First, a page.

As the operators of Europe’s Panavia Tornado mark the 40th anniversary of its first flight, we bring together a baker’s dozen of variable geometry aircraft – most of which made it into operational service.
Europe’s Panavia consortium delivered more than 990 production examples of the variable geometry Tornado between 1979 and 1998 to the air forces of partner nations Germany, Italy and the UK, plus lone export customer Saudi Arabia. Some 362 operational Tornados remain in use, according to Flightglobal’s MiliCAS database, with Germany’s Luftwaffe having the largest active fleet, at 123 aircraft. An air defence variant of the type is no longer in use.
General Dynamics F-111
Commonwealth of Australia
The last operational examples of the General Dynamics F-111 left Royal Australian Air Force service in December 2010. Nicknamed “Aardvark”, the type is memorable for its signature air show special: the “dump and burn”. The US Air Force was the main operator of the type, with its fleet at one time also including the EF-111 Raven airborne jammer.
Flown solely by the US Air Force, the Boeing (originally Rockwell) B-1B Lancer was designed as a supersonic strategic bomber during the Cold War era. More recently the aircraft has gained precision-guided weapons and a targeting pod, which has enabled it to perform duties including providing close air support for ground troops.
Immortalised in the 1986 film Top Gun and its “need for speed”, the F-14 Tomcat was the US Navy’s main carrier-based fighter for more than 30 years until its retirement in September 2006. The type remains in service today with the Iranian air force, which is believed to still operate around 28 examples.
Introduced more than 40 years ago with the Russian air force, the Mikoyan-Gurevich MiG-23 is recorded in Flightglobal’s MiliCAS database as remaining in use with the air forces of Angola, the Democratic Republic of Congo, Cuba, Ethiopia, Kazakhstan, Libya, North Korea, Sri Lanka, Syria and Zimbabwe.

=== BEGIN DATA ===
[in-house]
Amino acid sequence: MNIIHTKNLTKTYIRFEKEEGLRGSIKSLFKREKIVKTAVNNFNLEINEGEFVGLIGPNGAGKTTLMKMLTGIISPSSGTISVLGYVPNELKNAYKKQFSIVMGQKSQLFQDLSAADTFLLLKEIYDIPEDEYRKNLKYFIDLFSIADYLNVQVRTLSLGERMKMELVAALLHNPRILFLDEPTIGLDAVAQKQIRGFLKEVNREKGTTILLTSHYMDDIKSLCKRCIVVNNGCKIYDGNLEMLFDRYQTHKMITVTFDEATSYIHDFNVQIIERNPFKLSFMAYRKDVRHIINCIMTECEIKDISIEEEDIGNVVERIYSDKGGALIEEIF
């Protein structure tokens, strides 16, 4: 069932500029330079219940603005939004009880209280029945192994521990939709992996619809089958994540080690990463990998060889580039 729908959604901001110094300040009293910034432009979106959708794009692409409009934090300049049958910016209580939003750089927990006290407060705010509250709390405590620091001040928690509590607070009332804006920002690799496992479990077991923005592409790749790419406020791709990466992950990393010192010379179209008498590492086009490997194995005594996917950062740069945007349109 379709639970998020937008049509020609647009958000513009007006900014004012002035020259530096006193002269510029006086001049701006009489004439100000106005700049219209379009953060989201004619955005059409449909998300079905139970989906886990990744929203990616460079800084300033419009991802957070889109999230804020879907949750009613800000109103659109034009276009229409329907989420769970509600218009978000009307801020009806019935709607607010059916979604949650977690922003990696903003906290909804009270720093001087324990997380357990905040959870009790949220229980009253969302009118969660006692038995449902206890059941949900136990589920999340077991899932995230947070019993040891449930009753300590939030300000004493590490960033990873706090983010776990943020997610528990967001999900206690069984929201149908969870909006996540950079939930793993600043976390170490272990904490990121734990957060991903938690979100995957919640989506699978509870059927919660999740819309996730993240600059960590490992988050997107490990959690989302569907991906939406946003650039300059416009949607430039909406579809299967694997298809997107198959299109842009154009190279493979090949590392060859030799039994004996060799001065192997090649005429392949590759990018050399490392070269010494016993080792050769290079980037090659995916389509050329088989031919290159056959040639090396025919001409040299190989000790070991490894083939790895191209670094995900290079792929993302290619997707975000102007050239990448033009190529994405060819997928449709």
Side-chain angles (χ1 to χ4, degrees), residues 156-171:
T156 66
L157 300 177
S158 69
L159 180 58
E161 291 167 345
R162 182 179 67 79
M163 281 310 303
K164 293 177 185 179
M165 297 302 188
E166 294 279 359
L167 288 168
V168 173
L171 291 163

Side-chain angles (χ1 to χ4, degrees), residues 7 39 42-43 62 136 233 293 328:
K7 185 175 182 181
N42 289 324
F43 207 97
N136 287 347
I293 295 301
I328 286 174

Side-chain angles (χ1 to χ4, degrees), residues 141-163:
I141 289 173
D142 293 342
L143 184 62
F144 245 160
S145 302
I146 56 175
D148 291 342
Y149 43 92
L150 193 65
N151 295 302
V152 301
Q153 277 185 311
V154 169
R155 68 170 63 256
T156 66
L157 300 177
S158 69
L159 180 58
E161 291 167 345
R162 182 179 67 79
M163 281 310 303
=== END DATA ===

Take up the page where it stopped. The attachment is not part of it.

The Mikoyan-Gurevich design bureau was also responsible for creating the MiG-27, which remains in frontline use with the air forces of India, Kazakhstan and Sri Lanka.
Our only commercial candidate in the swing-wing category is Boeing’s ill-fated SST: a planned supersonic spoiler to the Anglo-French Concorde. The US aircraft started out as a swing-wing, but the subsequent 2707 design evolved into a delta wing configuration. The airframer secured orders for 122 of the supersonic transports from 26 airlines, but the US government withdrew funding for the project in 1971, and a prototype was never finished.
Tupolev’s Tu-22M is one of the Russian air force’s trio of strategic bomber types, along with its stablemates the Tu-95 and Tu-160. Nicknamed “Backfire” by NATO, more than 100 are in use.
First flown in 1981 as a counterpart to the US Air Force’s B-1 Lancer, the Tupolev Tu-160 is the frequent subject of images showing quick reaction alert aircraft from European NATO nations – this shot was taken from a Royal Air Force interceptor. Our MiliCAS database records the Russian air force as having an active fleet of just 12 of the type.
Dassault Mirage G8
First flown from Istres in May 1971, Dassault’s Mirage G8 was an experimental design which drew on the company’s experience from the earlier G4. The Mach 2.5-capable strike aircraft never saw operational use.
Another ill-fated project – this time between the aerospace industries of Germany and the USA – the innovative AVS design employed not only a variable geometry wing, but also swing-out powerplants for vertical lift. The project was scrapped early in 1968 after running into “financial and technical” difficulties.
Poland is the only NATO nation to operate the Sukhoi Su-22, and plans to retain part of its 32-strong fleet of the type in service for at least another 10 years. Our MiliCAS database lists other current users as including Angola, Libya, Peru, Syria, Vietnam and Yemen, with a global fleet of just under 200.
Sukhoi also designed the heavyweight Su-24, 400 of which remain in use today. Russia’s air force and navy account for more than 75% of this fleet total, with Algeria and Iran among a list of other operators.